Supreme Court hears case testing boundaries of federal authority over Alaska waters
WASHINGTON -- The U.S. Supreme Court heard arguments Wednesday in a case questioning whether the federal government has authority over navigable waters in Alaska's national parks -- a case brought by a moose hunter barred from using his hovercraft by the National Park Service.
The case is largely specific to Alaska, where the moose hunter in question -- John Sturgeon -- argues that a provision the 1980 Alaska National Interest Lands Conservation Act withholds authority from the federal government for setting the rules for waters in national parks.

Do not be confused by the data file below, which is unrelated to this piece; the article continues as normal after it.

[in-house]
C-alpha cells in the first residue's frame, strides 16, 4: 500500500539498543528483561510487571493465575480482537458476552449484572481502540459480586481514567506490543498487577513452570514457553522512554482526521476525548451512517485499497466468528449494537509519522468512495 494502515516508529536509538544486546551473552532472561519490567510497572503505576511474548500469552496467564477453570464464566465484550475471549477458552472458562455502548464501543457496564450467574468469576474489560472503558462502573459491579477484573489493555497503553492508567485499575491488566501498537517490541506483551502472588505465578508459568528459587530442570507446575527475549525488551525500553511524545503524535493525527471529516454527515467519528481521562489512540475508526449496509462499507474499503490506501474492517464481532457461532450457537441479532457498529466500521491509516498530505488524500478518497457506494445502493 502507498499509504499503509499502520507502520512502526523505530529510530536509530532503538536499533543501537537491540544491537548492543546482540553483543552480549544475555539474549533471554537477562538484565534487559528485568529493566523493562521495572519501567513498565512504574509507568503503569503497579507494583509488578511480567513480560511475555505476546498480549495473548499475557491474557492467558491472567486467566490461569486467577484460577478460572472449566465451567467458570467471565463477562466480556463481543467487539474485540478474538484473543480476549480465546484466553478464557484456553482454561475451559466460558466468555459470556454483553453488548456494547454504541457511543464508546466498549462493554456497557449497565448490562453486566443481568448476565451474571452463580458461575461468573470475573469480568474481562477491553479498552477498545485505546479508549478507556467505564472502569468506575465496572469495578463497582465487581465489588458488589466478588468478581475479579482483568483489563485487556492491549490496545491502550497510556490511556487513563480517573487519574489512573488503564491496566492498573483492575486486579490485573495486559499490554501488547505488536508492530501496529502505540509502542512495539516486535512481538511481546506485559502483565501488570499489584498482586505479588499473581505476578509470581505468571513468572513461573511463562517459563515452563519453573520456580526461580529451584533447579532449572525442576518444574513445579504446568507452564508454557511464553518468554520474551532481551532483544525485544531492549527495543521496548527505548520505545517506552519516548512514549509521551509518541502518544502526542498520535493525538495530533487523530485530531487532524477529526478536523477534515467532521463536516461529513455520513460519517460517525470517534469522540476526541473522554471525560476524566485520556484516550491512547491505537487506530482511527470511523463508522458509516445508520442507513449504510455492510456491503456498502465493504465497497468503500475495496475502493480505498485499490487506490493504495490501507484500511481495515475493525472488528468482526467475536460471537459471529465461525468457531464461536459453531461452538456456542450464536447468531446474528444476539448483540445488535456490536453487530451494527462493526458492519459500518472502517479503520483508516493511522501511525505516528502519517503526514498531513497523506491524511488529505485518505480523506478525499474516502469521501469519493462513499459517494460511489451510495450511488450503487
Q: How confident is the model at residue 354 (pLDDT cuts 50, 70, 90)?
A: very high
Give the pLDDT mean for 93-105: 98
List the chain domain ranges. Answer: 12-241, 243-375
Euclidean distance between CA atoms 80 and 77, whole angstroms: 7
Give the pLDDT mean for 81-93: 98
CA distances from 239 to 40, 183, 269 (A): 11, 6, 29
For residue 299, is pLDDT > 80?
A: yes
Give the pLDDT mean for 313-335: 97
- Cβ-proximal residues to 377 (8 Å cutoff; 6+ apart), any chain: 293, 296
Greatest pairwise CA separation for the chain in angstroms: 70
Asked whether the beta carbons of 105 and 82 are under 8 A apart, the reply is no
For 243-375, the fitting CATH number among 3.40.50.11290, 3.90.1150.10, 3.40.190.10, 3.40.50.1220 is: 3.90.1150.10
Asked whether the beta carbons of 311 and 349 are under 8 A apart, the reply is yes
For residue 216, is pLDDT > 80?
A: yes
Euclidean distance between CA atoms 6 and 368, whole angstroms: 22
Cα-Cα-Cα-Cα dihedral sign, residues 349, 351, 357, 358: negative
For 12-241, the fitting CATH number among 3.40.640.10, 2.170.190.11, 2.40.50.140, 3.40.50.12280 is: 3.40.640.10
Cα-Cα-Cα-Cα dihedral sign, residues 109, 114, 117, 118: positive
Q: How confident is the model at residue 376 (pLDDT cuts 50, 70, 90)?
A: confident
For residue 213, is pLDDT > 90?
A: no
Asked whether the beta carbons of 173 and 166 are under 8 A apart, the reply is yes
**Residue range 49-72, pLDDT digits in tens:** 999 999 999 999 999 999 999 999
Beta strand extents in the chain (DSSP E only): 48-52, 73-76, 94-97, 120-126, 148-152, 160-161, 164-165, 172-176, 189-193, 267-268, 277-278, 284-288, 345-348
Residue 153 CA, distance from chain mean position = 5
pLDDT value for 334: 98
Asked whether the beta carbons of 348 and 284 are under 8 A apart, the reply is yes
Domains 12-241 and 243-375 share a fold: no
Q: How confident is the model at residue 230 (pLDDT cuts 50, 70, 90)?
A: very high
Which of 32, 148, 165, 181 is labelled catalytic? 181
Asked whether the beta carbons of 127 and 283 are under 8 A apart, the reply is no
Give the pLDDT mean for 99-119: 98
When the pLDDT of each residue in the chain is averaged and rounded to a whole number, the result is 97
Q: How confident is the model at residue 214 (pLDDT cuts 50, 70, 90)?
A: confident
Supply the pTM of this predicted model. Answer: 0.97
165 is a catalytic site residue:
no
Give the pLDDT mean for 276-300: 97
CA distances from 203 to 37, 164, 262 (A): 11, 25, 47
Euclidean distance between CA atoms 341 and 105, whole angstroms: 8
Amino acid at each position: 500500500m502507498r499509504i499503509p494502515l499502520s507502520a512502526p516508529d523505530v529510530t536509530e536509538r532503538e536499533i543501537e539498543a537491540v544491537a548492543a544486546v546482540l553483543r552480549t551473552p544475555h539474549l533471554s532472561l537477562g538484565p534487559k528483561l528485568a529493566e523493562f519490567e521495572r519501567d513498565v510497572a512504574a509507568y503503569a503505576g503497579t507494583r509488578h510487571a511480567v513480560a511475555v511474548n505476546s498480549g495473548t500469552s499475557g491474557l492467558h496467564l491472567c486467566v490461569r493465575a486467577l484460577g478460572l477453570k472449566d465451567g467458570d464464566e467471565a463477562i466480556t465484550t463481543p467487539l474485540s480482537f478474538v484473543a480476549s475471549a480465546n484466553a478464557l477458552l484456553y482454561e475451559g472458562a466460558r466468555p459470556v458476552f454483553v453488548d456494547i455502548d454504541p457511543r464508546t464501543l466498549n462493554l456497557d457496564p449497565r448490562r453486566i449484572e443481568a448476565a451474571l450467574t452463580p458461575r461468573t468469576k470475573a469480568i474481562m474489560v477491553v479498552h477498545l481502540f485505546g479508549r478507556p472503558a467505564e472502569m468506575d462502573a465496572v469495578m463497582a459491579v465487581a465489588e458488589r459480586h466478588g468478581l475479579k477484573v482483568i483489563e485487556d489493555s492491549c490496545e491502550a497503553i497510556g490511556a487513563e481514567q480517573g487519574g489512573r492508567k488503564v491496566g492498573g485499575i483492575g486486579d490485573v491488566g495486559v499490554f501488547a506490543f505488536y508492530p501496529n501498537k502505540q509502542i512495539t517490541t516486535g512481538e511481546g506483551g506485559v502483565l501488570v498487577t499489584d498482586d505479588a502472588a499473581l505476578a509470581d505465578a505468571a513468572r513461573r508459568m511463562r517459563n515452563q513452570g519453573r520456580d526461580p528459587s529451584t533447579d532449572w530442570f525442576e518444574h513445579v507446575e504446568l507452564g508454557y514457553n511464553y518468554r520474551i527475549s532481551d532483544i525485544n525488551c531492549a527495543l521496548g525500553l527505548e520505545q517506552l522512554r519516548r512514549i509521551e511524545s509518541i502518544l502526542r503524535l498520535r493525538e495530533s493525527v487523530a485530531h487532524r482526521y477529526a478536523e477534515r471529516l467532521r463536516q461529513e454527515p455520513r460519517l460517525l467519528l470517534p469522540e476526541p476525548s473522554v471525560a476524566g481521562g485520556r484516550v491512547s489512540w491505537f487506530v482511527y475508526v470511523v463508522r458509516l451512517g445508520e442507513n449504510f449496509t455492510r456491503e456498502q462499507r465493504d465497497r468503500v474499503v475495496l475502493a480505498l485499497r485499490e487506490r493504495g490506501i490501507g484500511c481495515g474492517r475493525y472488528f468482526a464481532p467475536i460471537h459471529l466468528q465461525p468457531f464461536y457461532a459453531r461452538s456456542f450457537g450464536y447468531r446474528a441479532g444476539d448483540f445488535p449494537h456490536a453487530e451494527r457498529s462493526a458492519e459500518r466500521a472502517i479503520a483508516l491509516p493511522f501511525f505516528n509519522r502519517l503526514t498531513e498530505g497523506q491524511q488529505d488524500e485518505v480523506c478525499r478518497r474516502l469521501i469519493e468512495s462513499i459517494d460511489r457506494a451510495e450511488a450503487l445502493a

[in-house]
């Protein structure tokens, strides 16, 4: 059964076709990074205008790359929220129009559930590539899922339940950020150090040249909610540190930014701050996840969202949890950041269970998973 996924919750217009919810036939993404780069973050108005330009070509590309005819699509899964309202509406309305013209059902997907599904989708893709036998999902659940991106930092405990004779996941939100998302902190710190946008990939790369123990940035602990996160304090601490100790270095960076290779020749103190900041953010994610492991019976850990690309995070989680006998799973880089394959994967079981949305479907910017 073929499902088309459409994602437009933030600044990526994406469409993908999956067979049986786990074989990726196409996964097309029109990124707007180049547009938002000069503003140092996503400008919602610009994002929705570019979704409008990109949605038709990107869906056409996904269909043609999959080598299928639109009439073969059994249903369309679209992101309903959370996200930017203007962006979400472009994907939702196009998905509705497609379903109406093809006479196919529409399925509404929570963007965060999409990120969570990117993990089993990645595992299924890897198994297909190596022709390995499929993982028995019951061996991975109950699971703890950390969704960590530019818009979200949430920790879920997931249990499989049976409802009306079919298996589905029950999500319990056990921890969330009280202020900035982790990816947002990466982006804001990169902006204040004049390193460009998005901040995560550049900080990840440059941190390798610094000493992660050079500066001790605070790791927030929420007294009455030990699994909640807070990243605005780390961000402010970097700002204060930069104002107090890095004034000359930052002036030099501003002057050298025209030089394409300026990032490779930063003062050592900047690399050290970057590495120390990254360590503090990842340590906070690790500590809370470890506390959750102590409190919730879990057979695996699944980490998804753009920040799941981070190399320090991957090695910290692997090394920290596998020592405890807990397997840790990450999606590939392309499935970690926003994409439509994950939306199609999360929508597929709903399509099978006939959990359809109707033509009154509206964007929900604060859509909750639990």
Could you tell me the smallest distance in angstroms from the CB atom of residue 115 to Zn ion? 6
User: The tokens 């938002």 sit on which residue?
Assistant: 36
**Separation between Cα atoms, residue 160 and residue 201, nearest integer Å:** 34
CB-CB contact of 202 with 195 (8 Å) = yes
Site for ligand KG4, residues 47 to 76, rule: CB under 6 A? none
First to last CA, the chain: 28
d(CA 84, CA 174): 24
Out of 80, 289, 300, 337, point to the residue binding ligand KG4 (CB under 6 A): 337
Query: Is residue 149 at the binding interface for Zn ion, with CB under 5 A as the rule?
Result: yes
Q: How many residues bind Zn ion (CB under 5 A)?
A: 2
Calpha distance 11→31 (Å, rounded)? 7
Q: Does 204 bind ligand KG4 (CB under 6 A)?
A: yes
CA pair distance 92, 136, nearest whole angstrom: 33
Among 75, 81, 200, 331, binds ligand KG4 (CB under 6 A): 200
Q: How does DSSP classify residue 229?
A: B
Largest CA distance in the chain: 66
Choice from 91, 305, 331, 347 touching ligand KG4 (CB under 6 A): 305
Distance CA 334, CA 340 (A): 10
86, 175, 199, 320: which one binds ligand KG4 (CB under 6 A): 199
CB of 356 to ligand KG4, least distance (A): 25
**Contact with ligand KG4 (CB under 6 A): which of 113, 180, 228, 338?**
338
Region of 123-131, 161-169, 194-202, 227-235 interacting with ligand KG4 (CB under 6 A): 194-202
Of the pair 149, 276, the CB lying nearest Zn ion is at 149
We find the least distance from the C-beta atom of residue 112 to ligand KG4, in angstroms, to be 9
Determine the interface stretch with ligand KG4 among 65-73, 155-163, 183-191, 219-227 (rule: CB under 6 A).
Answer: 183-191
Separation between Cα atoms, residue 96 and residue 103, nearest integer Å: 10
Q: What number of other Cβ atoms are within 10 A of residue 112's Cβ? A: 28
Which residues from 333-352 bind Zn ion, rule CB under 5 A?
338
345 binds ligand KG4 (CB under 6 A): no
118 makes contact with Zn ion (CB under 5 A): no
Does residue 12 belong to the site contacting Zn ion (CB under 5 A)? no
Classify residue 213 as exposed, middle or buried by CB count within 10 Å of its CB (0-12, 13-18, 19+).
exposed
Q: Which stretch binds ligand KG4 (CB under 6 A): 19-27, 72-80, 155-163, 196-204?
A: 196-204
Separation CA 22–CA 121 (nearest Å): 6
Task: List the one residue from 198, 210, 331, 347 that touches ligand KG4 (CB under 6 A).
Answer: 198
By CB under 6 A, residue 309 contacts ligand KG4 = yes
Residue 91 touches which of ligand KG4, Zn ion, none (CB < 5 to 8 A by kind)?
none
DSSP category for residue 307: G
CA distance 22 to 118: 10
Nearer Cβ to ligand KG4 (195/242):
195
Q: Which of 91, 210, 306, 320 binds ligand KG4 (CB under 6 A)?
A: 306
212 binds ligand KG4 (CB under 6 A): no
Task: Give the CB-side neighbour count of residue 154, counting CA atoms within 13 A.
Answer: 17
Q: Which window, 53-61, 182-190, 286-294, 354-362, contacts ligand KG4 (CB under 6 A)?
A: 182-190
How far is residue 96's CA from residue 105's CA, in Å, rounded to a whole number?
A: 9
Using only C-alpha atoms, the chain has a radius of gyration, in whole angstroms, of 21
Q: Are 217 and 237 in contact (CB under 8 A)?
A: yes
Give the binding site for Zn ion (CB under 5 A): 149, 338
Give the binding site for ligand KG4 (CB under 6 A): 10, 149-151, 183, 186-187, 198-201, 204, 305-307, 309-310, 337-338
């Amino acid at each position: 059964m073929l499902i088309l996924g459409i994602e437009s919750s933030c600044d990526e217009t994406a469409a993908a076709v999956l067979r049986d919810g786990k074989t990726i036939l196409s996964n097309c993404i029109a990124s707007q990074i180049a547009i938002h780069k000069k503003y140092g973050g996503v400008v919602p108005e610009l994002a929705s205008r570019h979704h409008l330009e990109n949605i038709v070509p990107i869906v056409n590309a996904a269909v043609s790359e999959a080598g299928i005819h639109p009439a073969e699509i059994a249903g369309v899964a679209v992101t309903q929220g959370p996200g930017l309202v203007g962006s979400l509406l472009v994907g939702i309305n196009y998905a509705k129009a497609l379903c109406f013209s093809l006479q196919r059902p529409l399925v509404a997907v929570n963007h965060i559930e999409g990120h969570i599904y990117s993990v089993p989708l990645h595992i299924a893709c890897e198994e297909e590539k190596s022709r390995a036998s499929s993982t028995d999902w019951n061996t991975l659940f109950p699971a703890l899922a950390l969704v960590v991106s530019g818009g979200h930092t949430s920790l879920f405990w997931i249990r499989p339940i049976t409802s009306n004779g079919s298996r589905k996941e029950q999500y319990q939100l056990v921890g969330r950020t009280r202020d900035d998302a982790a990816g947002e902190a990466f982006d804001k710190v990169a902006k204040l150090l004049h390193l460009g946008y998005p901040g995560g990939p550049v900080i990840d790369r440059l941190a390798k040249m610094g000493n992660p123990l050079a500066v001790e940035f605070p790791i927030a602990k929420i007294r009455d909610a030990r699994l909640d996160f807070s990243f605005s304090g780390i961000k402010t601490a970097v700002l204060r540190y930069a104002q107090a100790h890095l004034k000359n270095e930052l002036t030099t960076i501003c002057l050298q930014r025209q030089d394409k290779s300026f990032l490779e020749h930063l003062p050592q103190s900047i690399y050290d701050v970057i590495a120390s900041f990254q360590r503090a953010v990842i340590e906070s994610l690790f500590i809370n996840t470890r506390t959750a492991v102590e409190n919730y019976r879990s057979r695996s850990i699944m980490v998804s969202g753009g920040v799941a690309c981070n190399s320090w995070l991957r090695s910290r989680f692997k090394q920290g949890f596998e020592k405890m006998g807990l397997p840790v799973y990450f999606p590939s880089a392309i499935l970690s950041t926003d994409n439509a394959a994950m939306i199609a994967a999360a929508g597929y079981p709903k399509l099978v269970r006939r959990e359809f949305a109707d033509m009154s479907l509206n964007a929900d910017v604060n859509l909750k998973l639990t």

The outcome of Wednesday’s arguments will be known in the next few months, but it appeared that Sturgeon has a fair shot of getting five of nine justices to agree to letting him pilot his hovercraft up the Yukon and Nation rivers once again.
Nevertheless, they didn’t discuss the specific hovercraft regulation much. The hourlong hearing focused more on the roots of federal and state authority and the intersection of perhaps conflicting federal laws.